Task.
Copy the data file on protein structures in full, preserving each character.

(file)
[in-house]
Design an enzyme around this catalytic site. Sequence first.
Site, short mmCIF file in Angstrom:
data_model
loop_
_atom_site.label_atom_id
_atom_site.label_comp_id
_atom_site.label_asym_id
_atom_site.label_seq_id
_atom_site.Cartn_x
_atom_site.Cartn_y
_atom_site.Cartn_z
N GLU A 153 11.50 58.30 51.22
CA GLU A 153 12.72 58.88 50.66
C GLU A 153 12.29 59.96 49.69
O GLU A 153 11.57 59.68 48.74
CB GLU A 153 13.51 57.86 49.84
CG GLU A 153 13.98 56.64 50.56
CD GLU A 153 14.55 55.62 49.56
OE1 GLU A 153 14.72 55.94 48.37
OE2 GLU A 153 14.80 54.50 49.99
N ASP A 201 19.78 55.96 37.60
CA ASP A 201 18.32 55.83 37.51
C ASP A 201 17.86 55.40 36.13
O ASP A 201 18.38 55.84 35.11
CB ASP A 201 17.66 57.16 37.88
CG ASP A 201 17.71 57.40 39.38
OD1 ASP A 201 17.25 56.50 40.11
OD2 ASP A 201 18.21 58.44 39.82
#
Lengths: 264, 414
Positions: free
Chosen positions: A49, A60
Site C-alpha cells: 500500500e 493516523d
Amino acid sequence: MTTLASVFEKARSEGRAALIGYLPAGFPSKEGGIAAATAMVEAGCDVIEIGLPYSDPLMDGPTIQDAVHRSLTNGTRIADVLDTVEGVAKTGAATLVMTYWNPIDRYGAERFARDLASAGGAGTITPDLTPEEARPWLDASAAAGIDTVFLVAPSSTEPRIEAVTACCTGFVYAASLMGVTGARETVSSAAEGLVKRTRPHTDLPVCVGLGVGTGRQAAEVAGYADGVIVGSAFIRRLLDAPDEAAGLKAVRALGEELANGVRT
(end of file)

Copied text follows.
[in-house]
Design an enzyme around this catalytic site. Sequence first.
Site, short mmCIF file in Angstrom:
data_model
loop_
_atom_site.label_atom_id
_atom_site.label_comp_id
_atom_site.label_asym_id
_atom_site.label_seq_id
_atom_site.Cartn_x
_atom_site.Cartn_y
_atom_site.Cartn_z
N GLU A 153 11.50 58.30 51.22
CA GLU A 153 12.72 58.88 50.66
C GLU A 153 12.29 59.96 49.69
O GLU A 153 11.57 59.68 48.74
CB GLU A 153 13.51 57.86 49.84
CG GLU A 153 13.98 56.64 50.56
CD GLU A 153 14.55 55.62 49.56
OE1 GLU A 153 14.72 55.94 48.37
OE2 GLU A 153 14.80 54.50 49.99
N ASP A 201 19.78 55.96 37.60
CA ASP A 201 18.32 55.83 37.51
C ASP A 201 17.86 55.40 36.13
O ASP A 201 18.38 55.84 35.11
CB ASP A 201 17.66 57.16 37.88
CG ASP A 201 17.71 57.40 39.38
OD1 ASP A 201 17.25 56.50 40.11
OD2 ASP A 201 18.21 58.44 39.82
#
Lengths: 264, 414
Positions: free
Chosen positions: A49, A60
Site C-alpha cells: 500500500e 493516523d
Amino acid sequence: MTTLASVFEKARSEGRAALIGYLPAGFPSKEGGIAAATAMVEAGCDVIEIGLPYSDPLMDGPTIQDAVHRSLTNGTRIADVLDTVEGVAKTGAATLVMTYWNPIDRYGAERFARDLASAGGAGTITPDLTPEEARPWLDASAAAGIDTVFLVAPSSTEPRIEAVTACCTGFVYAASLMGVTGARETVSSAAEGLVKRTRPHTDLPVCVGLGVGTGRQAAEVAGYADGVIVGSAFIRRLLDAPDEAAGLKAVRALGEELANGVRT